March 14, 2015

A Constitution for a Seastead?

Do you theorize about the laws that will govern seasteads? We invite you to share your insights on our forum.

Several legal scholars have designed what they consider to be the best possible legal system and solicited The Seasteading Institute to instantiate their vision on a floating city.

One of the more completely developed systems is called Las Portadas, and its author John Frederic Kosanke seeks input and guidance from legal scholars and and theorists.



Kosanke, author of Instead of Politics: (Civilization 101), has conceived a fully privatized system of justice dubbed RTR “Restitution Transfer and Recoupment,” developed a legal framework for Aquia – a sovereign free nation to encompass a variety of seasteads – revised Spencer MacCallum’s master lease (originally commissioned for Stiefel’s Atlantis) to be used for multiple tenant seasteads and oceangoing vessels underwritten by Las Portadas, penned a Declaration of Autonomy for lease or transfer of title to territories and aquatories from existing nation states, and detailed a CitSOP (citizen stock ownership plan) for the buyout of existing countries by their citizens – originally for Doug Casey’s plan for Aristide’s Haiti.

Will Las Portadas work? We have no idea. Patri Friedman wrote, “Seasteading is not about imposing specific policies; it’s about resetting the parameters of progress. We want to enable many groups of social entrepreneurs to create many new societies, each of which creates laws in a different way.”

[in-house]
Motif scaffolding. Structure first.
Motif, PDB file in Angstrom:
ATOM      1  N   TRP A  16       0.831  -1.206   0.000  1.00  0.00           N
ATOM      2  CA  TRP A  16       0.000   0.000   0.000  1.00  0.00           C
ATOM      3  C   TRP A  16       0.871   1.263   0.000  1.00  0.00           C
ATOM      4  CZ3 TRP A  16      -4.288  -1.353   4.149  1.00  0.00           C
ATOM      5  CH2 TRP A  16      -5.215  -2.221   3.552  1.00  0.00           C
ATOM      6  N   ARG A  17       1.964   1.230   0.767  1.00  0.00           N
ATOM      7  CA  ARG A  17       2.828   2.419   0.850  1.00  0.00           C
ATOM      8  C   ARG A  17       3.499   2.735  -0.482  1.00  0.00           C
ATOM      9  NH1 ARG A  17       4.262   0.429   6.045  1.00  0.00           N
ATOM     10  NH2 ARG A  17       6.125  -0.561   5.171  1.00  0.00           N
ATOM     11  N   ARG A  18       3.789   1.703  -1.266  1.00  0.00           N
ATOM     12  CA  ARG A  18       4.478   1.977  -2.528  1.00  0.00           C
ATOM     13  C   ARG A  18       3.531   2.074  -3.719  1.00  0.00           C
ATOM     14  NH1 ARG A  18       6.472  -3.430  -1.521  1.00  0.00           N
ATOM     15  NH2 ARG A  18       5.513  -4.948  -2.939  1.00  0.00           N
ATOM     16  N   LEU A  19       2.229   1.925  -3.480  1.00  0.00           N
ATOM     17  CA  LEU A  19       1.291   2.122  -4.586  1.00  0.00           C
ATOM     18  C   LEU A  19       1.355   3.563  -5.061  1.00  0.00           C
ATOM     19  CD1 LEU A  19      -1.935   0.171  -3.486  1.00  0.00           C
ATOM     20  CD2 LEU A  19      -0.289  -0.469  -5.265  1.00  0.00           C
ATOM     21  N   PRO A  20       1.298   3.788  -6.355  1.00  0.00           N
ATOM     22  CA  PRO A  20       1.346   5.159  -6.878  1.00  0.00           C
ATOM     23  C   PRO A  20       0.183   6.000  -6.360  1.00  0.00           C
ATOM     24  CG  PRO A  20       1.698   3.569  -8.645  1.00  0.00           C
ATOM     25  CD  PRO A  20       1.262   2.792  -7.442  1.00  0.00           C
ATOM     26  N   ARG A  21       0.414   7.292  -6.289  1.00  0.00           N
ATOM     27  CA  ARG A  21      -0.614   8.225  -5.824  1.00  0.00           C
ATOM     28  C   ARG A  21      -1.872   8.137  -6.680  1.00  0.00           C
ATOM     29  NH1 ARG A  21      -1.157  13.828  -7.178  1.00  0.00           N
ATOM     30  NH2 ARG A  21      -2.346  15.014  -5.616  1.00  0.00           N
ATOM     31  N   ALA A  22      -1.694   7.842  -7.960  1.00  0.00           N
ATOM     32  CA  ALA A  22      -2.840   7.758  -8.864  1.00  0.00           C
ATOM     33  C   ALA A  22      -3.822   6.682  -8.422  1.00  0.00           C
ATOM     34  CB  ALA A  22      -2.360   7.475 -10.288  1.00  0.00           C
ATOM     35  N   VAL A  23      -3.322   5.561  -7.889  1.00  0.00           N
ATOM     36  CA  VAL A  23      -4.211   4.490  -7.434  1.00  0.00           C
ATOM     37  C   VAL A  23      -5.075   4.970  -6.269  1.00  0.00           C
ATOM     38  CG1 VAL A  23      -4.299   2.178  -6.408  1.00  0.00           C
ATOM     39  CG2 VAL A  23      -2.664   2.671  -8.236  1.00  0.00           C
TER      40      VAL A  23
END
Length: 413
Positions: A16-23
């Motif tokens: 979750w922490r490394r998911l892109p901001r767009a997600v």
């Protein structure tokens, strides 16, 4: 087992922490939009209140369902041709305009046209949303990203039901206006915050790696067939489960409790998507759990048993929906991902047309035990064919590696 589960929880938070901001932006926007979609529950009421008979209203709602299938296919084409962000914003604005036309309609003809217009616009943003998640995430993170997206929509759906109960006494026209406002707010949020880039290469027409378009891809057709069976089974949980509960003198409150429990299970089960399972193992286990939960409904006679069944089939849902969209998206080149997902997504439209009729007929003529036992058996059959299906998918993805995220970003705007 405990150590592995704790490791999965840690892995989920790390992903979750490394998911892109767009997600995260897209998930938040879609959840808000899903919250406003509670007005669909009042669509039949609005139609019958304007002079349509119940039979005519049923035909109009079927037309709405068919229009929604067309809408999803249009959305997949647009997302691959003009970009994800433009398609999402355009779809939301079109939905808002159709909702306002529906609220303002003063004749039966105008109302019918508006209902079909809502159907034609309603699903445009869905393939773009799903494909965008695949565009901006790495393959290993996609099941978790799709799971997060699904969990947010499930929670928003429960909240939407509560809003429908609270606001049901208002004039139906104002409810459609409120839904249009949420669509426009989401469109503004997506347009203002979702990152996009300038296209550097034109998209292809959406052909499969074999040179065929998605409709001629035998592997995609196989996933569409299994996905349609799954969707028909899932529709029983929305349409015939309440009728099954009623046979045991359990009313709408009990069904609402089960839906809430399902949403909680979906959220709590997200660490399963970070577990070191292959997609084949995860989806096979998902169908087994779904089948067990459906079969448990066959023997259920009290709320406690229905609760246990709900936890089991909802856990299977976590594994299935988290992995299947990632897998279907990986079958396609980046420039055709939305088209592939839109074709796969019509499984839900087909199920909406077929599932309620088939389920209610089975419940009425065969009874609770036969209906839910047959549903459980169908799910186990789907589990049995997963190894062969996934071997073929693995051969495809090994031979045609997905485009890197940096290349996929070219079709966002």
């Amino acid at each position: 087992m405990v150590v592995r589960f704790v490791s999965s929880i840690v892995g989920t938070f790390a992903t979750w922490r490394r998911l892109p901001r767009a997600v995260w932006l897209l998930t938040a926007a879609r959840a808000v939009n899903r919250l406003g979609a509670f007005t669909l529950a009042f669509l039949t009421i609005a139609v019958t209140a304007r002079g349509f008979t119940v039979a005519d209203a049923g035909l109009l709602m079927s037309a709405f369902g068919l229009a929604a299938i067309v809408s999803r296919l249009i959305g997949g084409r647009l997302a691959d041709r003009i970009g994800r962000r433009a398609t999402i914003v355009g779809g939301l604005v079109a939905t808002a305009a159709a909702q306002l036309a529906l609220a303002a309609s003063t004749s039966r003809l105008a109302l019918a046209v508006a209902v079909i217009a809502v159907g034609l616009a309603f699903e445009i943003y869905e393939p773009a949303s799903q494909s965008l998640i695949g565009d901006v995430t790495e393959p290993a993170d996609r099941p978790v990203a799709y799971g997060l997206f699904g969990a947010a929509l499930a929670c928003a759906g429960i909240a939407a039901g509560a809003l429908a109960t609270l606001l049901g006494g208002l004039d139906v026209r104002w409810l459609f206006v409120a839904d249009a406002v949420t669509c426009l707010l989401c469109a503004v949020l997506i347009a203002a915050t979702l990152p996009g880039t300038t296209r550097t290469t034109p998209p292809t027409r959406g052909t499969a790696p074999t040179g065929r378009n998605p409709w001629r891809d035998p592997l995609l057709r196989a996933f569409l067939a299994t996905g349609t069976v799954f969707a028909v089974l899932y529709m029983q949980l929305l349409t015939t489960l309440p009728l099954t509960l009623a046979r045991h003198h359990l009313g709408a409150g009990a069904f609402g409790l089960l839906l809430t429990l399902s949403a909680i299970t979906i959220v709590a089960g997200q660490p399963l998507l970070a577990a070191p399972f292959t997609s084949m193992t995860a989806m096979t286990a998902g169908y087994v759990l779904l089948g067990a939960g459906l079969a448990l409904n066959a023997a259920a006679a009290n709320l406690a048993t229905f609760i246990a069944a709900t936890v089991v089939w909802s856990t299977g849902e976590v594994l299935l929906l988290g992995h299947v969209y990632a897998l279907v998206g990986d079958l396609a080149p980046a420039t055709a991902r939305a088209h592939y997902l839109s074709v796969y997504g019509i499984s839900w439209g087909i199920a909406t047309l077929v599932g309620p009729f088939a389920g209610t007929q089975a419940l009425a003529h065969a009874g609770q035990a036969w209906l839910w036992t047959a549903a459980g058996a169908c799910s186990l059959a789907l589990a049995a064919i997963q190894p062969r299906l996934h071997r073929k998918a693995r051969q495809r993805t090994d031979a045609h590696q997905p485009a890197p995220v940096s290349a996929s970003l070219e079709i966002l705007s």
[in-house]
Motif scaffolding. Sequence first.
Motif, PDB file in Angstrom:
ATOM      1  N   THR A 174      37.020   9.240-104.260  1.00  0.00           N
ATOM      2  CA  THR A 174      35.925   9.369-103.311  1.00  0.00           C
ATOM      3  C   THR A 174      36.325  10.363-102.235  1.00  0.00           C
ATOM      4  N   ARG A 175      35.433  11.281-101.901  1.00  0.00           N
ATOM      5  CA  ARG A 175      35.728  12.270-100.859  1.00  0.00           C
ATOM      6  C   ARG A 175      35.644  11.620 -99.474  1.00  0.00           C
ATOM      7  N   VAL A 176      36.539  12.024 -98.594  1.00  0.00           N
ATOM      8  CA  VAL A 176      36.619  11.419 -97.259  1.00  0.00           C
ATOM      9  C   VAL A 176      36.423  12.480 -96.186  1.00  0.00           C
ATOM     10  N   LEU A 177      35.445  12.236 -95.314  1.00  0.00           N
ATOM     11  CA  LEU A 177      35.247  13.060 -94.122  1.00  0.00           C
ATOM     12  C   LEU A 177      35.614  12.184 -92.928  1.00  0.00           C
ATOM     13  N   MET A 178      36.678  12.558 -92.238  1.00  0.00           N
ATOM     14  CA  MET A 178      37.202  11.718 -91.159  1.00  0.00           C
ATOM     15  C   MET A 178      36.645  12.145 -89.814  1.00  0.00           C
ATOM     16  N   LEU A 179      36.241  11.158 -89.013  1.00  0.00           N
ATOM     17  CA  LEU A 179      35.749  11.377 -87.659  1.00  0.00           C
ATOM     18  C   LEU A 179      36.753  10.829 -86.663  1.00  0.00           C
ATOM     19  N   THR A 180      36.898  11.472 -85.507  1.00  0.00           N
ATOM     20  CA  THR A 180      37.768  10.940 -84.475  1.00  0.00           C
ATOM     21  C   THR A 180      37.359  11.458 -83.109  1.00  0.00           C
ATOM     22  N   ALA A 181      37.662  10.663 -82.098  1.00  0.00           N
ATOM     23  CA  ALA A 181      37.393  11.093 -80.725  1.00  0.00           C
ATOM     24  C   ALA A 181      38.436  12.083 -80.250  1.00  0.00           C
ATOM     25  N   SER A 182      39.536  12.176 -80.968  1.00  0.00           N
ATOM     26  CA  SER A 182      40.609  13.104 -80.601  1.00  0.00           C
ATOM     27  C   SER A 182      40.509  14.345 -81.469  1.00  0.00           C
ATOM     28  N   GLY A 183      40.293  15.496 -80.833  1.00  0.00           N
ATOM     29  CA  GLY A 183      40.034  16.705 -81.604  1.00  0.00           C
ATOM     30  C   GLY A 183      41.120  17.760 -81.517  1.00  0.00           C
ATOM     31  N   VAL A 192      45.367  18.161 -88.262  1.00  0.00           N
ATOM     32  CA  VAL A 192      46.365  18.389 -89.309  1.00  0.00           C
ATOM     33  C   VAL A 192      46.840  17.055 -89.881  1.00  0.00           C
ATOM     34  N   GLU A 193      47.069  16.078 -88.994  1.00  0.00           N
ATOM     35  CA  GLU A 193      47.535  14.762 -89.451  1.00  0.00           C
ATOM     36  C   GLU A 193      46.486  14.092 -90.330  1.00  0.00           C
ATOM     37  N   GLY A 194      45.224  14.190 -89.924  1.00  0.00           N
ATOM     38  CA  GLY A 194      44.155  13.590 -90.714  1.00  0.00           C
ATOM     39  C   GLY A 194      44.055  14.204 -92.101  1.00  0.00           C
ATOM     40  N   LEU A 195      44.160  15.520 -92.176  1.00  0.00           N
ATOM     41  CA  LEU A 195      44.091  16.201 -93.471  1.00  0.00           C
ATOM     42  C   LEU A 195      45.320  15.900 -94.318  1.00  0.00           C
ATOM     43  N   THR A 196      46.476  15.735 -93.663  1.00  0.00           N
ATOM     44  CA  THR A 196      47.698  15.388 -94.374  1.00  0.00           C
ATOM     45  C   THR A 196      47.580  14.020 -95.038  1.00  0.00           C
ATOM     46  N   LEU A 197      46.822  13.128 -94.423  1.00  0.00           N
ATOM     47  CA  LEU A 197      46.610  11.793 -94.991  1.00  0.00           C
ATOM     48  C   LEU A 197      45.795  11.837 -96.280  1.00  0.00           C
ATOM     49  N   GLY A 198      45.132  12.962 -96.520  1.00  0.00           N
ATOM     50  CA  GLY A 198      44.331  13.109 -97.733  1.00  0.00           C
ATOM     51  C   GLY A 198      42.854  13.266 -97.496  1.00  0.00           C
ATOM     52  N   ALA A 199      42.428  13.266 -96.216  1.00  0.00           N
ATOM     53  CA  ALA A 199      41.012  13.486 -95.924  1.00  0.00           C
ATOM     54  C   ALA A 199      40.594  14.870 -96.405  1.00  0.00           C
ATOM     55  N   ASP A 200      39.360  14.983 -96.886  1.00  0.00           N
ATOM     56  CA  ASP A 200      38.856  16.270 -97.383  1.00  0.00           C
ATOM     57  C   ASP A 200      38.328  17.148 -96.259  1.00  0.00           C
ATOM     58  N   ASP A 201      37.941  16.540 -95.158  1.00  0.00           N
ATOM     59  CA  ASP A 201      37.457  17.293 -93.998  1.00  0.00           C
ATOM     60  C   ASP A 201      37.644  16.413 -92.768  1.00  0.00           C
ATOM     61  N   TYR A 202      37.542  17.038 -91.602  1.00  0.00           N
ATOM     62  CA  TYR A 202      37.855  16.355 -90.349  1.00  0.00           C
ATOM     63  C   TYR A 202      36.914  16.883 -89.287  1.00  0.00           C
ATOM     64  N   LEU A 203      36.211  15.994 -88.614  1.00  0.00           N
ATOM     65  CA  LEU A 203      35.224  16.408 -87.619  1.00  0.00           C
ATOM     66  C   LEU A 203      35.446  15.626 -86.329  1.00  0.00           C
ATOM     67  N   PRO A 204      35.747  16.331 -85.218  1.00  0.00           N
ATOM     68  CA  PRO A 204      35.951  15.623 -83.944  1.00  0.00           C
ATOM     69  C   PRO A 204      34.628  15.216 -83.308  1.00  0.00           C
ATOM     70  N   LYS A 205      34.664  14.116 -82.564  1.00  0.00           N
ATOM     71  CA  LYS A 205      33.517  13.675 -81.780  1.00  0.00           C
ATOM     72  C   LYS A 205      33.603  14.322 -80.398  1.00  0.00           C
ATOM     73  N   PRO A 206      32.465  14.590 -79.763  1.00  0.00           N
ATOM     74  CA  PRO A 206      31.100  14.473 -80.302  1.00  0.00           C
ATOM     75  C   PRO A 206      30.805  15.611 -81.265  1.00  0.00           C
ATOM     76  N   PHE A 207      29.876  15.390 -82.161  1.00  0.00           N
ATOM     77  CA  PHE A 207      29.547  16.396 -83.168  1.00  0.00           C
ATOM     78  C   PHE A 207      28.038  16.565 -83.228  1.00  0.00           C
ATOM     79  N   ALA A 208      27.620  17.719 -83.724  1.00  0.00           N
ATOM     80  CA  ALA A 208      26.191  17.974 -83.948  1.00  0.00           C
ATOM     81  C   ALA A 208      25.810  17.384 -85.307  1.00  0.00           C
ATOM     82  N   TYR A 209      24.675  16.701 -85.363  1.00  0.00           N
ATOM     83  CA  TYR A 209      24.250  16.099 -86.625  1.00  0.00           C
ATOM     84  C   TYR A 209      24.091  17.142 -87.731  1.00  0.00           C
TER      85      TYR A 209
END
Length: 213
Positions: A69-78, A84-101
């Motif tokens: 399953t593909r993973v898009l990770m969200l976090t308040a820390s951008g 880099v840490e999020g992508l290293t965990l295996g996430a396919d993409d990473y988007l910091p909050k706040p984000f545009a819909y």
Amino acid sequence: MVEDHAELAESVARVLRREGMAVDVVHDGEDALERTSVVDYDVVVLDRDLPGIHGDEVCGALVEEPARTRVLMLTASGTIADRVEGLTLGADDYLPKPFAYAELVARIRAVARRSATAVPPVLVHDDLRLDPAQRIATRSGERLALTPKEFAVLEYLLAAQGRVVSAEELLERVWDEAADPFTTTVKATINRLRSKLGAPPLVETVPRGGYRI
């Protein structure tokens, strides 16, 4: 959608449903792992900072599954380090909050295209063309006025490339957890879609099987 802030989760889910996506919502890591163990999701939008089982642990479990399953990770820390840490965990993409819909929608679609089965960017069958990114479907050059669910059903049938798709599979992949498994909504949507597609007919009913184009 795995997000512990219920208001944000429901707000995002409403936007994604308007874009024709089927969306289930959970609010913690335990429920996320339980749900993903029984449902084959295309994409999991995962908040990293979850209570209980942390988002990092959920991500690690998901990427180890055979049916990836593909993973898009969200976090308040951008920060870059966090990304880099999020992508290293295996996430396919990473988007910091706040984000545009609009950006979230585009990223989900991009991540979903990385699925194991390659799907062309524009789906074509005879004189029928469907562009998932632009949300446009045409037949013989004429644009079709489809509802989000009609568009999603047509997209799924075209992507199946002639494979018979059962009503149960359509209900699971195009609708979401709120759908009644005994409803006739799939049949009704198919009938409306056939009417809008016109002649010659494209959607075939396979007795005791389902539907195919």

Join the discussion about what kind of societies we would like to see at sea.

John says, “I welcome comments and suggestions on the Seasteading wiki’s discussion pages for all of the linked articles. Typographical edits can be made directly on the wiki, and suggested wording and comments can be made on the respective discussion pages. I am looking forward to a fruitful `constitutional convention’.”

Thanks in advance for your help.
Joe Quirk, Seavangelist

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2 Comments on “A Constitution for a Seastead?

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JLMadrigal
March 24, 2015 at 5:27 am

For starters, Fermont Quebec, a private city with a population hovering around 3,000, demonstrates the feasibility of privately run towns in hostile environments. The ClubStead MasterLease of Las Portadas opens up ground-floor opportunities, and makes scalable autonomous seasteading communities an attractive investment.

Ethan Elbrand
May 2, 2015 at 10:56 am

Government will quickly get corrupted or bought out and shut down on any seastead UNLESS the sea stead’s government leaders are on living wages and allowed no contributions, along with anti-polarization laws like NO political parties, as George Washington tried to warn the USA about in his farewell address.
Also, engineers with the most humanitarian experience should get elected as sea stead leaders; engineers solve problems and move on, but lawyers bring up more problems, raise their own salary, and stay there forever.

All other governing issues will be quickly solved with living wage leaders, and science, and renewable energy in general will make great advancements.

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